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Beat cancer, publish book. Check.

David Grant Urban uses serial murderer Cleophus Prince

David Grant Urban: “I spent a lot of time looking at the plaques on the buildings."
David Grant Urban: “I spent a lot of time looking at the plaques on the buildings."

David Grant Urban was a fit 50something who had just finished hiking Mount Whitney when he found a lump on his neck. “I went through cancer treatment with three other people, and they all died,” he recalls. “I told myself, If I survive this, I’m going to get serious about my writing. And I did.” Fat Dog Books published his novel, A Line Intersected, on November 3rd of last year.

He started by studying his favorite authors. “Not just reading — studying. I followed Raymond Chandler’s advice: take a scene from an author you like and rewrite it. Do it from memory, and then compare them: your first sentences, your metaphors and similes, how you lead the reader, image by image. You start learning the craft behind the magic. I remember doing the awesome opening scene in The Big Sleep where detective Philip Marlowe first meets General Sternwood in that greenhouse full of orchids. I’m not going to come up with a better simile than when he described the orchids as feeling like the newly washed fingers of dead men, but I got to a point where I felt comfortable writing a scene like that.”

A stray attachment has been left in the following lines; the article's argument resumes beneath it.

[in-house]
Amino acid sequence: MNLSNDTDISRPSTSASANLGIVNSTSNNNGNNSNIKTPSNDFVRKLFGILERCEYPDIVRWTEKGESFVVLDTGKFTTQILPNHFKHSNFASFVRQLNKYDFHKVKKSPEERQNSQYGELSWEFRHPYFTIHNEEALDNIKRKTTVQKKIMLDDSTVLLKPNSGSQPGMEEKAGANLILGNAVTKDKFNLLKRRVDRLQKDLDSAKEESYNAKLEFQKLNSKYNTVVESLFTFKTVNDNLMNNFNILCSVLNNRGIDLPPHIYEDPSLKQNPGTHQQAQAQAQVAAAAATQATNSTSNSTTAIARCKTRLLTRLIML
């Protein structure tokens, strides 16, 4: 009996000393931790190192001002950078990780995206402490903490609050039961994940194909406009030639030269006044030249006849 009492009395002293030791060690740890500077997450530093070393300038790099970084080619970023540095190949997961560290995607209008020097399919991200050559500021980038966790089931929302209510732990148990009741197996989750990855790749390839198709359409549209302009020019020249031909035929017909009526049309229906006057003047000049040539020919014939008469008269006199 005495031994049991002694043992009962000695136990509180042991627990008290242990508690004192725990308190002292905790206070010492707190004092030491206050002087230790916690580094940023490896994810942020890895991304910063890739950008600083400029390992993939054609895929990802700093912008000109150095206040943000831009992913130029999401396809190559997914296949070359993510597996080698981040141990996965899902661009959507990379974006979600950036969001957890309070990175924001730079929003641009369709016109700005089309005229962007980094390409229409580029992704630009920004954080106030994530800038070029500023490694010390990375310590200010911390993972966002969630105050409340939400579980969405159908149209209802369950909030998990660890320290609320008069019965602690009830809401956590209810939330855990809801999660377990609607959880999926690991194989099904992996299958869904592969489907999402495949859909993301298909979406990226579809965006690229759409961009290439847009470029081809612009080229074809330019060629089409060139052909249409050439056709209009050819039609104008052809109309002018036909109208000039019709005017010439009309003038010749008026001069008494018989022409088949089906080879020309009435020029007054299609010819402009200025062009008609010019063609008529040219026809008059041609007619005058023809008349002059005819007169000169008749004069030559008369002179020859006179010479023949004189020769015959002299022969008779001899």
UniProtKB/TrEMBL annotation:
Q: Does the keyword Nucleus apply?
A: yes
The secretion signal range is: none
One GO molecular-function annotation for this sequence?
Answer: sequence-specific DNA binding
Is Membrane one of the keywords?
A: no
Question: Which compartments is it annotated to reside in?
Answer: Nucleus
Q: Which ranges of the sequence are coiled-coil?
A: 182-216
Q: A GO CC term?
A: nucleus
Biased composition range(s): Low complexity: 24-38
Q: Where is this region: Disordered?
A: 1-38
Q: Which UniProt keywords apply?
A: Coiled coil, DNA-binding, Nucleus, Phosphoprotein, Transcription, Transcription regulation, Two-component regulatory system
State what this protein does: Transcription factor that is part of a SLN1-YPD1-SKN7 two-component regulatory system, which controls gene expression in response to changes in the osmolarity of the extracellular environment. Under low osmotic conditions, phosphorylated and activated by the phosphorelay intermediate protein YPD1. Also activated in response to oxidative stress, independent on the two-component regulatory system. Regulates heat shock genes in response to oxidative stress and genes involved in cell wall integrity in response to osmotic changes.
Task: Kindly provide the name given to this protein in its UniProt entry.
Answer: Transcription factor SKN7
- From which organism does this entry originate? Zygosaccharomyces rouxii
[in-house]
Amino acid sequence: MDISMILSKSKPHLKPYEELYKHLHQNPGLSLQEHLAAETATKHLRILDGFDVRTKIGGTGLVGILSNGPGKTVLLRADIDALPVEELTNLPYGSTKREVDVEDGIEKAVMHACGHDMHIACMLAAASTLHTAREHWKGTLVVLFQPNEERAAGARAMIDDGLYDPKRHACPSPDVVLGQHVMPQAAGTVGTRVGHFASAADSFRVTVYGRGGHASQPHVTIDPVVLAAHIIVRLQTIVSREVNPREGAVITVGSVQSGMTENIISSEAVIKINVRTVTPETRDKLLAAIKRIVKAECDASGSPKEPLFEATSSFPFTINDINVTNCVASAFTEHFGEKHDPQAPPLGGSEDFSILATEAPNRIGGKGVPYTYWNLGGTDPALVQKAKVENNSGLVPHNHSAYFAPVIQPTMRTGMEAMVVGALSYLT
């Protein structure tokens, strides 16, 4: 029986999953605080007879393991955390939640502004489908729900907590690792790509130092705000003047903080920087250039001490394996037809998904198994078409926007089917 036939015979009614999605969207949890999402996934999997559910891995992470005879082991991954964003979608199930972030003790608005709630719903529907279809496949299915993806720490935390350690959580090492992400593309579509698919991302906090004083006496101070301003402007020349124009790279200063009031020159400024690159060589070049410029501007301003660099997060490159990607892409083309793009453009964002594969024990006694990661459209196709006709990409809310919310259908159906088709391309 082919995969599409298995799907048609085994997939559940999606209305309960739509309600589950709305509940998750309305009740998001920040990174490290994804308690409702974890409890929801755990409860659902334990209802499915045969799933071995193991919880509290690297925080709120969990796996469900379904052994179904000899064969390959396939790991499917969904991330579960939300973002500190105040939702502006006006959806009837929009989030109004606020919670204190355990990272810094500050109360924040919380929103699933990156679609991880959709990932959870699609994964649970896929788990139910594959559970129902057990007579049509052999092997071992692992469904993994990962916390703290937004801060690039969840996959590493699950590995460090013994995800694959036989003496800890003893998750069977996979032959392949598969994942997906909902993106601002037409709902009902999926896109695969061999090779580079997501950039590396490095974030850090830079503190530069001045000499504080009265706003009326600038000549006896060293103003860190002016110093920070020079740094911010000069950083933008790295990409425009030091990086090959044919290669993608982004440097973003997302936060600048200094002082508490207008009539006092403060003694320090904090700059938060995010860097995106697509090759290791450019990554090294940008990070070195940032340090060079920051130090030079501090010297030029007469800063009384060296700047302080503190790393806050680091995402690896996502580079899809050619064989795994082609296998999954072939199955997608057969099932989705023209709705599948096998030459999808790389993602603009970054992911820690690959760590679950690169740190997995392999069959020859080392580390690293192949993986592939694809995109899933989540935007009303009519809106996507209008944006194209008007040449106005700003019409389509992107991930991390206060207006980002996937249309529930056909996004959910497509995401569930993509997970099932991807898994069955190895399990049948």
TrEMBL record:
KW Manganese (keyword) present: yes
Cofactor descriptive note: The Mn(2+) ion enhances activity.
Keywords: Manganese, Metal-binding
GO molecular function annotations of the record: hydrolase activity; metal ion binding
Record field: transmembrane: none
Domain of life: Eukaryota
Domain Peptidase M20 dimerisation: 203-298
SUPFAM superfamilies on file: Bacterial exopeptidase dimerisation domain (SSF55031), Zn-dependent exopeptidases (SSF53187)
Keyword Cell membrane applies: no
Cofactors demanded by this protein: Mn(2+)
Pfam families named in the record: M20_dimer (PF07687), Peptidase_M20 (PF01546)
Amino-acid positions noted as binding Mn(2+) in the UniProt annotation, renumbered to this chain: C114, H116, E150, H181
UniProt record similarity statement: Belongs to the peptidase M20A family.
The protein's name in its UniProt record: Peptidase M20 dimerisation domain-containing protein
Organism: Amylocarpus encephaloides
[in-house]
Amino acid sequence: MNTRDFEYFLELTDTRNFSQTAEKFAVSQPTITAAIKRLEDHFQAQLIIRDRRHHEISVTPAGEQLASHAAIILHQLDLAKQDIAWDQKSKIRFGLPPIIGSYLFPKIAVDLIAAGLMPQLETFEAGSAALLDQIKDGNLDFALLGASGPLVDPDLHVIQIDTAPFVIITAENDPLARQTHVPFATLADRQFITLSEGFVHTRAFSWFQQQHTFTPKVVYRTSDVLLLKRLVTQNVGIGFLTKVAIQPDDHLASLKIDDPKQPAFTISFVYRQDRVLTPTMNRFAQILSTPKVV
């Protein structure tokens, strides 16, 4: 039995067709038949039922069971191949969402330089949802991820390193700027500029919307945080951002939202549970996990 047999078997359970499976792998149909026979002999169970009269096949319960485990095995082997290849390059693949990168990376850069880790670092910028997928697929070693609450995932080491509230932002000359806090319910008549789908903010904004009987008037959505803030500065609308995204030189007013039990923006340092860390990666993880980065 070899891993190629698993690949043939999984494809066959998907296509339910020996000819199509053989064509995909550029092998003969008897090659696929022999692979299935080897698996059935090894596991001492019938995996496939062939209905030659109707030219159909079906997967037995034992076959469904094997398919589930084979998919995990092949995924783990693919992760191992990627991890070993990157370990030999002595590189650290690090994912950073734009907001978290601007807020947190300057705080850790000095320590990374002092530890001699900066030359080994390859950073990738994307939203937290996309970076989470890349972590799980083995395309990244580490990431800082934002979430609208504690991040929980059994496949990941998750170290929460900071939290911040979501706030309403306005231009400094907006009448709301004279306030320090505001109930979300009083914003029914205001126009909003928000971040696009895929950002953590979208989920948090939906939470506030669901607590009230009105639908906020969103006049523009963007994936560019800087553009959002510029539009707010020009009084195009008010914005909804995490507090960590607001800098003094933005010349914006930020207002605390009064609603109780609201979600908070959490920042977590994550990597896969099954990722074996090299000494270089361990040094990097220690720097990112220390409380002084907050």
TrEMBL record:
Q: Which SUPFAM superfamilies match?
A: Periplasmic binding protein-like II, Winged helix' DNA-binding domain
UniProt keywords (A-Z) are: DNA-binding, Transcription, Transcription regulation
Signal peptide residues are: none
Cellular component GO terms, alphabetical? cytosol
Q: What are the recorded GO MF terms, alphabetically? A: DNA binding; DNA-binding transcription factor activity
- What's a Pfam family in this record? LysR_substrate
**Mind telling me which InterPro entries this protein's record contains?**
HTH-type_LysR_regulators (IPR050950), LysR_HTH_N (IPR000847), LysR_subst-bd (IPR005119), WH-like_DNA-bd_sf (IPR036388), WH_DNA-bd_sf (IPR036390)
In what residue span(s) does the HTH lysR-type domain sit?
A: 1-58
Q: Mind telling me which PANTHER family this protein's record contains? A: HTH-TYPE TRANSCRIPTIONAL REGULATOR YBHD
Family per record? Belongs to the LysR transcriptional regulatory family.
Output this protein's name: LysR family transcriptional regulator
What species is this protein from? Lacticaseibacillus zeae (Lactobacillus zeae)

Local history provided his protagonist’s crisis. “In 1990, Cleophus Prince, Jr. committed a series of horrific murders here in San Diego. His first victim was a girl named Tiffany Schultz; he just brutally destroyed her with a knife. When her boyfriend Christopher James Burns came home, he discovered her dead. He called the police, and they promptly arrested him and threw him in jail for three days. Everybody thought he had done it — the papers, even her family. She had been a nude dancer and they figured it was a jealous rage. In interviews, he talked about what a horrible experience it was — first losing a loved one and then going through all that. I got to thinking that something like that could happen to anybody. My book’s title is about lines of good and evil and what happens at the point of intersection. I wanted to explore that, using Burns’s ordeal as a kind of basis.”